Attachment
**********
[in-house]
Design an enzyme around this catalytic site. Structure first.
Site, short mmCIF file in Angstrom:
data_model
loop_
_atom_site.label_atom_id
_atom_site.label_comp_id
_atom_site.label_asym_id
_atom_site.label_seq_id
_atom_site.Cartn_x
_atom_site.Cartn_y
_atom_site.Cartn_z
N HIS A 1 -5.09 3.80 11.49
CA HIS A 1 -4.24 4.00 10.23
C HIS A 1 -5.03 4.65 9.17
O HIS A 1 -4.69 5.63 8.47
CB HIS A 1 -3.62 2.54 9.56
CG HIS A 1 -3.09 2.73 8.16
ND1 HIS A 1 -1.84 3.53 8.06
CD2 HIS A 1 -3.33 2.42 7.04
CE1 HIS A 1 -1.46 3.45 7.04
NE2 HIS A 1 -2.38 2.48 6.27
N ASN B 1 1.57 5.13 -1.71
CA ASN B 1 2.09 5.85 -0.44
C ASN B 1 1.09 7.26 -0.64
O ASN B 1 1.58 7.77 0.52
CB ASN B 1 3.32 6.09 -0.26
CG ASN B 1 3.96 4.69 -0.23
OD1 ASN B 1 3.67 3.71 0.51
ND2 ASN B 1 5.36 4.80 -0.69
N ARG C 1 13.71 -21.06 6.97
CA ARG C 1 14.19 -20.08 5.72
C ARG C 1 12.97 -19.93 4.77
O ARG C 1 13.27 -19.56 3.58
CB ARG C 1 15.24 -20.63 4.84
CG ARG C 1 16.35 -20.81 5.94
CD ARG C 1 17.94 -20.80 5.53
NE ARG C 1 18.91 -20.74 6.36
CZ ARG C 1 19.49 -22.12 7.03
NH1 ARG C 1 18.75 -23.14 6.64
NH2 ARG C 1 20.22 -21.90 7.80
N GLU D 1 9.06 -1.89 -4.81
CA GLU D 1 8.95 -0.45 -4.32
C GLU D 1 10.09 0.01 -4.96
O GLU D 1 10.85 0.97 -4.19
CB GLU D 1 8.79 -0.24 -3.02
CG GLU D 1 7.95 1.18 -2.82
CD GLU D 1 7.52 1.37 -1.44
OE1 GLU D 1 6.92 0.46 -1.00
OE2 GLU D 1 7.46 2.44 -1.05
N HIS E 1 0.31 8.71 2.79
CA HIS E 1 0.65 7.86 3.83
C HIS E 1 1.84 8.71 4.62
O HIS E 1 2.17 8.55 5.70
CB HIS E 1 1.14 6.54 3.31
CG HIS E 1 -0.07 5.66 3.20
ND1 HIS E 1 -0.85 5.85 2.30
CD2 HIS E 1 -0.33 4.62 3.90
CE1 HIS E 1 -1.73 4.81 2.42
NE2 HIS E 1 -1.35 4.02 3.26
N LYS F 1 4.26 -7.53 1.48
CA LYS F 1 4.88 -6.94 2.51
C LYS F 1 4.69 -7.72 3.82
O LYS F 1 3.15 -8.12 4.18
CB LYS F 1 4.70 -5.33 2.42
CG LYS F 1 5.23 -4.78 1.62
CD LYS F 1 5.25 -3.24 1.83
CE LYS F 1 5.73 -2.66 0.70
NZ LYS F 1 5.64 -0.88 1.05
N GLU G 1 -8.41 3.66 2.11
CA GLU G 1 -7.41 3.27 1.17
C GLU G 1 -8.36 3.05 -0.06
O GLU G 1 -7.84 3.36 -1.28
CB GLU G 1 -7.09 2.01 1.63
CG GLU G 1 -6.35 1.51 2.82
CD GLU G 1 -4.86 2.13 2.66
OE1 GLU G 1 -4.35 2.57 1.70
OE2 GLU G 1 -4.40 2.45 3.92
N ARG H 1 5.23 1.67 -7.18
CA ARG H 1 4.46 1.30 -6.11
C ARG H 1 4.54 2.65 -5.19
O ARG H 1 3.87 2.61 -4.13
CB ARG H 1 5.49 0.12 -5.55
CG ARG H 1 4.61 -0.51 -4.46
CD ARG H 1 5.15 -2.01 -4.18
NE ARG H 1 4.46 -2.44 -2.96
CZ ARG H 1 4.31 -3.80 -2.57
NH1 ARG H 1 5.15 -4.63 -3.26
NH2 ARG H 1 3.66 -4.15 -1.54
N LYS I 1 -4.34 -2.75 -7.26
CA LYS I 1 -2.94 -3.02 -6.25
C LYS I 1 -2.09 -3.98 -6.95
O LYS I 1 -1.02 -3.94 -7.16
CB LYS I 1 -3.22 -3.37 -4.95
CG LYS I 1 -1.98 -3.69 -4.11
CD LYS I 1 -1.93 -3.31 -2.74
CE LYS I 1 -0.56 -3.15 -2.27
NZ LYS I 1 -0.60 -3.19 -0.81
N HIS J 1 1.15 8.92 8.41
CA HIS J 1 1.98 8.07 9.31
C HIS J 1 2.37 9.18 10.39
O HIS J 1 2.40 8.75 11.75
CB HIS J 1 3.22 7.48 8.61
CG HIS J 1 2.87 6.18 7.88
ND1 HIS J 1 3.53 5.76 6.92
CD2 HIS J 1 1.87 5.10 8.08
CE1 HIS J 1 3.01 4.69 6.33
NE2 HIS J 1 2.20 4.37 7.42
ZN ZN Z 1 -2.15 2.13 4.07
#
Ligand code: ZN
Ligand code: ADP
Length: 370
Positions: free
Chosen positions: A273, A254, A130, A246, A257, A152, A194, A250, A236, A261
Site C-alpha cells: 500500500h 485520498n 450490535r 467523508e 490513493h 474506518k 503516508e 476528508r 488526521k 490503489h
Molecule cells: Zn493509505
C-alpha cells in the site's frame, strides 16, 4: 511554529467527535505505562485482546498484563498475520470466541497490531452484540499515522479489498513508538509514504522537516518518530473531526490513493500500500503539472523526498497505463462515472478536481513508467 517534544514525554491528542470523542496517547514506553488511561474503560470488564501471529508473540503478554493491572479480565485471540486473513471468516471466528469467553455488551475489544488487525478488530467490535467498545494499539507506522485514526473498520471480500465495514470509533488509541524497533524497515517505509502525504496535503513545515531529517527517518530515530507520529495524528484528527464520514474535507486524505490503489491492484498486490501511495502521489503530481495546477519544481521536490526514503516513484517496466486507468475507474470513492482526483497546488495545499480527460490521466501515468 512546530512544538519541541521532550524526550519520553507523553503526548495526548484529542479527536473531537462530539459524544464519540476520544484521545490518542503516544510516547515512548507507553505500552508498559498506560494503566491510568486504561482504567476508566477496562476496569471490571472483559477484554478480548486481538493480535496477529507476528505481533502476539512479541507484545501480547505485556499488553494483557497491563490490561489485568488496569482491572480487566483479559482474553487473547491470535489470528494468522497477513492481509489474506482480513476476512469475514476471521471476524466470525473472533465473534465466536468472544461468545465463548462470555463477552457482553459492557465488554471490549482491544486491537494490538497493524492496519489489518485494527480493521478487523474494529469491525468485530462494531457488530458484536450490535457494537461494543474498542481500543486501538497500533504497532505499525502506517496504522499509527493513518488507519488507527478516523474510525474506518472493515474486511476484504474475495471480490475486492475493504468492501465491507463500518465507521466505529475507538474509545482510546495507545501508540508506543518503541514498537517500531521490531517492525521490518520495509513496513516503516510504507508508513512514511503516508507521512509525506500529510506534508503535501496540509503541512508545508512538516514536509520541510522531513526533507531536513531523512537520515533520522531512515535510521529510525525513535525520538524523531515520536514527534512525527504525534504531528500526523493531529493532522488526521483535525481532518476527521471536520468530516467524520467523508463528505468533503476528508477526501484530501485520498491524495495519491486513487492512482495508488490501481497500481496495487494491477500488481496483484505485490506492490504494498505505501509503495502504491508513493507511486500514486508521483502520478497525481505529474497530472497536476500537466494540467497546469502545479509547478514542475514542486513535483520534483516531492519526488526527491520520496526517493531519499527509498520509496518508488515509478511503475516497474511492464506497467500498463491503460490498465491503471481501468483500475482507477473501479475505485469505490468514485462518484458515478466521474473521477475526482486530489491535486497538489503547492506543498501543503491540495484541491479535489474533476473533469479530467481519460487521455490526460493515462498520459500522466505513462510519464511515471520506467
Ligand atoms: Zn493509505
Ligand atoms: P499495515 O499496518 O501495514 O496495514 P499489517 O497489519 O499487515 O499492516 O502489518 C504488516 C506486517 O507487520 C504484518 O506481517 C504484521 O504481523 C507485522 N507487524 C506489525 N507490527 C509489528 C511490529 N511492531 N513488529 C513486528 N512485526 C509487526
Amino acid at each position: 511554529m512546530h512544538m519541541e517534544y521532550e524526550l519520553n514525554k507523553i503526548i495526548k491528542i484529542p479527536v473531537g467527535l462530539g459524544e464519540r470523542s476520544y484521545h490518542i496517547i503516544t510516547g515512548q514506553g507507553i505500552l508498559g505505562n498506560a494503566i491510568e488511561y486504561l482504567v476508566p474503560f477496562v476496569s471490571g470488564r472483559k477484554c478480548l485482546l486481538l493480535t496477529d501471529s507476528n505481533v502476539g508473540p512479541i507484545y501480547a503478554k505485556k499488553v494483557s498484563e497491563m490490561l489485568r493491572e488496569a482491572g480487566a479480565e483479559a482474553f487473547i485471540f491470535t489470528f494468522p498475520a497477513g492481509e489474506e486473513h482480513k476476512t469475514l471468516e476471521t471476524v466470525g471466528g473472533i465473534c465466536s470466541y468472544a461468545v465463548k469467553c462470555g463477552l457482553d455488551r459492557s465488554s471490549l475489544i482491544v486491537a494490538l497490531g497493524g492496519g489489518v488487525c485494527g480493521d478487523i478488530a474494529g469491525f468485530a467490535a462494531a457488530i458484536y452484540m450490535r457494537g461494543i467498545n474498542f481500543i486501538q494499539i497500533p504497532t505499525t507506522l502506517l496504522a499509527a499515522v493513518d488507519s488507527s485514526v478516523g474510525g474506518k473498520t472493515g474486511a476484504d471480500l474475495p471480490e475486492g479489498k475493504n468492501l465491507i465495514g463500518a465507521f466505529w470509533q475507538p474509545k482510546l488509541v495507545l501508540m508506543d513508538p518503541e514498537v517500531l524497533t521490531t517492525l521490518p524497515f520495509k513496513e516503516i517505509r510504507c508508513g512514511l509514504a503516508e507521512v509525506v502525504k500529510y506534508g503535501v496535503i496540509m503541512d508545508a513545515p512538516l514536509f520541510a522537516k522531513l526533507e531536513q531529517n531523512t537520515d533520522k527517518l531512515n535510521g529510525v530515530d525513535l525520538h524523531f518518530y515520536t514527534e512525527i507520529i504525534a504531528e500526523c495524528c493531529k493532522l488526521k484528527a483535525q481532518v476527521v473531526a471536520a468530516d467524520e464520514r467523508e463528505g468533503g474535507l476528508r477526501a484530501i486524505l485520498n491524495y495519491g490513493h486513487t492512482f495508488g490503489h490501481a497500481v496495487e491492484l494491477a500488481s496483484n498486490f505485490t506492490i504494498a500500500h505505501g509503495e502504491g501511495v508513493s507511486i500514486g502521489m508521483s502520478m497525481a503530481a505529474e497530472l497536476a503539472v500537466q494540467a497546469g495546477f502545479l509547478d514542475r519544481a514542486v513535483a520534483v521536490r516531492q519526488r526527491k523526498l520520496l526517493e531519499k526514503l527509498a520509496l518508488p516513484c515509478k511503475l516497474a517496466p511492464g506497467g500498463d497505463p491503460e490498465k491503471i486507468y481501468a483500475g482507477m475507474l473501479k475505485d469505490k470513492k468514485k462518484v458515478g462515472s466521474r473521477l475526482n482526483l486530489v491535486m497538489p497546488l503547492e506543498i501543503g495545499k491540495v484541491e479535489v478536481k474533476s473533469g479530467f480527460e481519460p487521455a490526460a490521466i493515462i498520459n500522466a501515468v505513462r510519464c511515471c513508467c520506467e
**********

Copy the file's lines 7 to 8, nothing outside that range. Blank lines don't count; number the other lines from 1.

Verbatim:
_atom_site.label_comp_id
_atom_site.label_asym_id